I initially started writing this review in response to some negative reaction I’ve read to Punch-Out!! and to Nintendo overall, even drawing comparisons between the company and Canadian rockers Sloan. But after wading through thousands of my own words I realized that a forced 1990s music history lesson had as little place in a game review as arbitrary numerical scores and choice quotes pulled from the backs of boxes.
Punch-Out!! is the successor to Super Punch-Out!!, itself a successor to the NES version of an arcade game. The series has followed the career of Little Mac throughout the World Video Boxing Association. Although in each game the player presumably rises through the ranks to become the world’s best boxer, something must happen behind the scenes that drops poor Little Mac back down to rookie level. Luckily this kind of backstory isn’t important to each game – all we need to know is that there are dudes that need punching, and that we’re the ones that will knock them out… eventually.
The Wii Remote and Nunchuck work well as Little Mac’s right and left fists, respectively. Swinging either forward results in Mac mimicking your moves. Face jabs are performed by pushing the control stick upwards while swinging, while dodging is handled via left, right, and down directions.
There are three circuits to complete, and surviving them will in turn open up alternate and more challenging modes of play. Each consecutive match presents new challenges, faster boxers, and trickier patterns to recognize. The classic Punch-Out!! theme has been re-composed, and variations of it play during the fights, adding to the intensity of the matches. The game can be played the old school way in which you hold the Wii Remote sideways and use only button combinations for moves, but the motion control option brings things to a whole new level, thus validating the game’s existence on this merit alone.
I can only play Punch-Out!! for a little more than half an hour at a time, each time making my way through only a handful of boxers. The game can be physically demanding of you if you allow it to be, and if you’re anything like me, you’ll find an incredible amount of enjoyment in counterpunching enemies and unleashing a flurry of punches their way. You will work up a sweat, you will pant, and you will absolutely love it.
But good, engrossing, controls are not a good enough reason to like a game, and thankfully Punch-Out!! delivers on several other levels as well. The cel-shaded look doesn’t come across well in still images, but on the screen the characters come alive with colourful personalities and fluid animations. The first few boxers present little challenge if you’re familiar with the series, but soon enough you’ll come across enemies you’ll have to face a few times just to figure out.
Additionally, it’s not the kind of game to play from start to finish in one sitting – in fact doing so might cause you to pass out from exhaustion. If you swing with enough vigour, landing punches can be incredibly rewarding. Getting trounced, on the other hand, is oftentimes devastating, especially when a fight goes three rounds and you’ve exhausted yourself from swinging like mad. The cast of characters also includes a special secret boxer that Nintendo fans will get a kick out of, but that’s all I will say regarding that.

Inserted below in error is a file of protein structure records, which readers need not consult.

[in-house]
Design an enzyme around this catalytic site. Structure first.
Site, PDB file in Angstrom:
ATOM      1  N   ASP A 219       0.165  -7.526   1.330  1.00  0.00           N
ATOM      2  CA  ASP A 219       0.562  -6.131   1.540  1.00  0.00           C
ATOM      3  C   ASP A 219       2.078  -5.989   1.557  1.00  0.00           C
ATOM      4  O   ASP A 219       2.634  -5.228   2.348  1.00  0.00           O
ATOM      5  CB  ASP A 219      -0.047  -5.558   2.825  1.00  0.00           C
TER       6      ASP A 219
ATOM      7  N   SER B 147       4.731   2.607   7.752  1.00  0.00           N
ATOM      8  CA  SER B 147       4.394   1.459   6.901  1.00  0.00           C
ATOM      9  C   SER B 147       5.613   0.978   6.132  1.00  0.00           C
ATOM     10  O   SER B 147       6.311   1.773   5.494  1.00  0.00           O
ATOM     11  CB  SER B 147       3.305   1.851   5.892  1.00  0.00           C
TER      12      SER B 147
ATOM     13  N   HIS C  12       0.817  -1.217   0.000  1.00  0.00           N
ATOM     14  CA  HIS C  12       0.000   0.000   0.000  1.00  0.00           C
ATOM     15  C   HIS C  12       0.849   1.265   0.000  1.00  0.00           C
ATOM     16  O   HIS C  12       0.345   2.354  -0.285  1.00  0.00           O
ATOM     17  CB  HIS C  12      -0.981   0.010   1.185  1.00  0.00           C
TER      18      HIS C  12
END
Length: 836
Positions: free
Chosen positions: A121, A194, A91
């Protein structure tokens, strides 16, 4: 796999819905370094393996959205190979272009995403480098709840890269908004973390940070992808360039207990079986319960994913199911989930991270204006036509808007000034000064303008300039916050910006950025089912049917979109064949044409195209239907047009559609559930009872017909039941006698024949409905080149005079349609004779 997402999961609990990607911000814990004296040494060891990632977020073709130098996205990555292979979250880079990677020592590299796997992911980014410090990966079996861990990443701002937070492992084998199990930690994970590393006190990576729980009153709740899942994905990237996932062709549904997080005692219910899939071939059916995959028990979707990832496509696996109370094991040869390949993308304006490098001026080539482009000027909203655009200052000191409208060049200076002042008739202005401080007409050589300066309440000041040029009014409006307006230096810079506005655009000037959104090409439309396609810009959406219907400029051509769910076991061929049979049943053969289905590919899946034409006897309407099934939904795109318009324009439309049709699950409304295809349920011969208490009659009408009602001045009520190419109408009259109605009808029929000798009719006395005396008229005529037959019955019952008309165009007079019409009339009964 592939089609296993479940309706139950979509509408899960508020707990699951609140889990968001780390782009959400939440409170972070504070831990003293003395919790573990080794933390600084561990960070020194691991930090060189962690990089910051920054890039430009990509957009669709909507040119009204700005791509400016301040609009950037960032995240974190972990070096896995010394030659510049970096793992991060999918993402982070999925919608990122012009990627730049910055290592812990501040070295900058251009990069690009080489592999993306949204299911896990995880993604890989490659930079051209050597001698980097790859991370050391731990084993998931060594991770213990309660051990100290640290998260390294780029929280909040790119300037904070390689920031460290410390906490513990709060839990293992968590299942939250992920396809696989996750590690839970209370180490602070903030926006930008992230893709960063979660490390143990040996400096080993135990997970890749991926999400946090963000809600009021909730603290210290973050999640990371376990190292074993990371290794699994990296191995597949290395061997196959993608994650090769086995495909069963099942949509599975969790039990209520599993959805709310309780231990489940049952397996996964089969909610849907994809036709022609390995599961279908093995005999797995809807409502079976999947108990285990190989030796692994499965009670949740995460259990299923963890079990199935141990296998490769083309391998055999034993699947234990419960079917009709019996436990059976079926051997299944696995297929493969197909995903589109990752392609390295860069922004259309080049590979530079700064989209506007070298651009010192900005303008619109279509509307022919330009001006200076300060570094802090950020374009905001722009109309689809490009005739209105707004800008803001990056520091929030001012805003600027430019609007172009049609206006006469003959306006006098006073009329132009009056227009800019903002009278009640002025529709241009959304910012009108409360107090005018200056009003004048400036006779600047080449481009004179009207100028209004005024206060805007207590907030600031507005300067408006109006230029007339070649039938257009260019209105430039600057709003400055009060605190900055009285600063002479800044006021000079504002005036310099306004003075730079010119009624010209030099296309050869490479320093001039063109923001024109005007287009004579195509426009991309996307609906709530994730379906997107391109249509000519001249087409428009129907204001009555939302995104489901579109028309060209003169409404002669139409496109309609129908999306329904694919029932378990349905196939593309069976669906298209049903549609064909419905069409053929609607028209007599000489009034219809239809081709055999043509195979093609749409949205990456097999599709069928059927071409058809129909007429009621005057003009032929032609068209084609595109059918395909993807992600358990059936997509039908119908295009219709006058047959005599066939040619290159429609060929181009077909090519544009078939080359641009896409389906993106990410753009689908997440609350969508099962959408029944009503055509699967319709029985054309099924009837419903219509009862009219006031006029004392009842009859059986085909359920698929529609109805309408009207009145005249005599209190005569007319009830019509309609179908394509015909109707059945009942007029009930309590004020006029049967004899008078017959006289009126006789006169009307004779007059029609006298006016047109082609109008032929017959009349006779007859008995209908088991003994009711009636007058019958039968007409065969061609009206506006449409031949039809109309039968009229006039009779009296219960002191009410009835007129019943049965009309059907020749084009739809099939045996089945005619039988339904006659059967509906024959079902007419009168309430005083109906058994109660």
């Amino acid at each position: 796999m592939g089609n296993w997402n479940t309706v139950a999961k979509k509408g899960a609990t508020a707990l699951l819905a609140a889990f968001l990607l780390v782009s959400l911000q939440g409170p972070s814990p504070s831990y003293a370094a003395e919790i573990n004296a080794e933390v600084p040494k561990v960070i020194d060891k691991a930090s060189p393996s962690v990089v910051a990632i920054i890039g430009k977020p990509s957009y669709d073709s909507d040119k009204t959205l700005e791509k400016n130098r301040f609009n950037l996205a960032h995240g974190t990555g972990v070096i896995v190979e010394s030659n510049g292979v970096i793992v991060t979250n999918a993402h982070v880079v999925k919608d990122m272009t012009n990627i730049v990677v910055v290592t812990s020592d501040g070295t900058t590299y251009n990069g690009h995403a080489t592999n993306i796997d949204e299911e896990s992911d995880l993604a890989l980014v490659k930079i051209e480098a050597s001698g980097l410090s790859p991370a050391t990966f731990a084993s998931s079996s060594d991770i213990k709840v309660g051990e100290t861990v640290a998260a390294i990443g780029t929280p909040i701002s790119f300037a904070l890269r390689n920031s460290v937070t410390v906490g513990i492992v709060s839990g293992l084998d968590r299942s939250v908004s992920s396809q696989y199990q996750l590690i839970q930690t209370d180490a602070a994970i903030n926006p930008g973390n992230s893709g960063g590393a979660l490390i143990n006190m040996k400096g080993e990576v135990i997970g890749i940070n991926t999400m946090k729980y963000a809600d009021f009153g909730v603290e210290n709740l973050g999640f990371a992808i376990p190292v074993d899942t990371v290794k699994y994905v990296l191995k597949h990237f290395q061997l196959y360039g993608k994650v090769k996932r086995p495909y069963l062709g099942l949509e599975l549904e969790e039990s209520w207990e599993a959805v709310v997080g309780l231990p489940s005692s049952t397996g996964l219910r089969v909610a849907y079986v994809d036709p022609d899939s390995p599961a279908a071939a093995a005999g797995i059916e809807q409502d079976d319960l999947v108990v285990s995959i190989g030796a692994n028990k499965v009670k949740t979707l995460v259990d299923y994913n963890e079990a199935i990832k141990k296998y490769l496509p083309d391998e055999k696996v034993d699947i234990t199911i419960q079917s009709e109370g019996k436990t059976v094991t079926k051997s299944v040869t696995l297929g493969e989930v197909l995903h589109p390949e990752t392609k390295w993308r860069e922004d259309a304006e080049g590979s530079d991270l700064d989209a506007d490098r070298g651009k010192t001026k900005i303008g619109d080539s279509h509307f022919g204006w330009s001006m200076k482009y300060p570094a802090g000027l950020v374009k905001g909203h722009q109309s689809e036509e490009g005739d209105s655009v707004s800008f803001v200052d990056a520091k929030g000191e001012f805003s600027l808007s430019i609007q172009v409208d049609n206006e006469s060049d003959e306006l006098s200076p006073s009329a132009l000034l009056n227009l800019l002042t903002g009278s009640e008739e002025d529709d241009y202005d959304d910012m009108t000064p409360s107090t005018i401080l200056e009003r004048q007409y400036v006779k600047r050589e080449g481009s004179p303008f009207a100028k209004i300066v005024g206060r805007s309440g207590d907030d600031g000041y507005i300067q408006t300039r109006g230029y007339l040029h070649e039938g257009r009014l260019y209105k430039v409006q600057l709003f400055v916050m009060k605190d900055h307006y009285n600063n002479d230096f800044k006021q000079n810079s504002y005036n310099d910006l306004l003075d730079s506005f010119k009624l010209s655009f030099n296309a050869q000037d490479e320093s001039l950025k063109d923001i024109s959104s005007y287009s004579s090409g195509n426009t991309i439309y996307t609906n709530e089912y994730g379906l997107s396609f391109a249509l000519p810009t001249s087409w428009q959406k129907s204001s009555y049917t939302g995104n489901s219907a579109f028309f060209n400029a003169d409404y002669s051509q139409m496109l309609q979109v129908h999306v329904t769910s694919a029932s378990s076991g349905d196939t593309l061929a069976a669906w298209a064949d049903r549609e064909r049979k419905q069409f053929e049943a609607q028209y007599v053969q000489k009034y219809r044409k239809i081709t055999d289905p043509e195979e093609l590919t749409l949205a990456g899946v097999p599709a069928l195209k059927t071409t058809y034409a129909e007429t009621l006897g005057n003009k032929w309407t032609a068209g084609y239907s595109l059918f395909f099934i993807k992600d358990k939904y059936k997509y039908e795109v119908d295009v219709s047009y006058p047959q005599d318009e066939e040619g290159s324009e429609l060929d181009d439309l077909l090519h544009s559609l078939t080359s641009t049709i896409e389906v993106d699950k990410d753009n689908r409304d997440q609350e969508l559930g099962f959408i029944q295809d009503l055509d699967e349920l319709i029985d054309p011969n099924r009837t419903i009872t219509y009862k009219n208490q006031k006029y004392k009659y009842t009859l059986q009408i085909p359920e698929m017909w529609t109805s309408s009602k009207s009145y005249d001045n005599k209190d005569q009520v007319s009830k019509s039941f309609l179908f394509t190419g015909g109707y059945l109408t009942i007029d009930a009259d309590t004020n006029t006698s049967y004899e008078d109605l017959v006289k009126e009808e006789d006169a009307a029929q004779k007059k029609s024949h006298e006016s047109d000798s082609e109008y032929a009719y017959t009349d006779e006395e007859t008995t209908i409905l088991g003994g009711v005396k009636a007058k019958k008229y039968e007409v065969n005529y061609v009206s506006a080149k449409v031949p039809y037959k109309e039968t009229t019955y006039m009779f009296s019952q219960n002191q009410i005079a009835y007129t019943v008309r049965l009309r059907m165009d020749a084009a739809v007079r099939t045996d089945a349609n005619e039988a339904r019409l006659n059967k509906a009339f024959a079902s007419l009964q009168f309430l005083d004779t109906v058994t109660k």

Each boxer brings his own distinct moves and personality to the ring. Be forewarned: these personalities are somewhat based on inappropriate and even racist stereotypes that thankfully do not subtract from my overall enjoyment of the game. But I’m left to wonder why they’re included in the first place, and I wish they weren’t in there. Yes, the original title abused these stereotypes profusely, but does the fact that this game is a successor to it mean it needs to also include the stereotypes, as toned down as they may be?
It’s one thing to make use of stereotypes to point out how stupid they are, but I don’t believe the game’s designers were trying to do this since the medium isn’t one that is conducive to this kind of subversion, and that Punch-Out!! isn’t the kind of title that should attempt this. Even if they were trying to poke fun at stereotypes by using them, the producers should be reminded of Dave Chappelle’s attempt to do so which resulted in several people (including members of the live audience at his shows) not understanding it and instead taking his jokes at their superficial levels. There are also people that don’t realize Team America World Police and The Colbert Report make fun of right-wing American politics. I’m not saying the subversive approach is bad – in fact I’m a huge fan of it when done correctly.
Sadly most gamers won’t give any of this a second thought, and those that do may end up getting uncomfortable, defensive, and possibly flippant should the topic arise. They might resort to statements such as, “It’s only a videogame – why are you trying to bring race into it?” Well, I didn’t put the stereotypes in the game. I’m just saying they’re there, and that they don’t need to be.
In the end, Punch-Out!! still delivers in all the important ways a game should. It’s fun, challenging, and compelling enough to keep players coming back for consecutive beatings. The graphic style established in previous games in the series hasn’t been compromised by the 3D facelift, and the updated look suits the franchise perfectly. Don’t let its goofy façade and initial ease of play fool you: Punch-Out!! is a game that even gamers who call themselves “hardcore” can enjoy.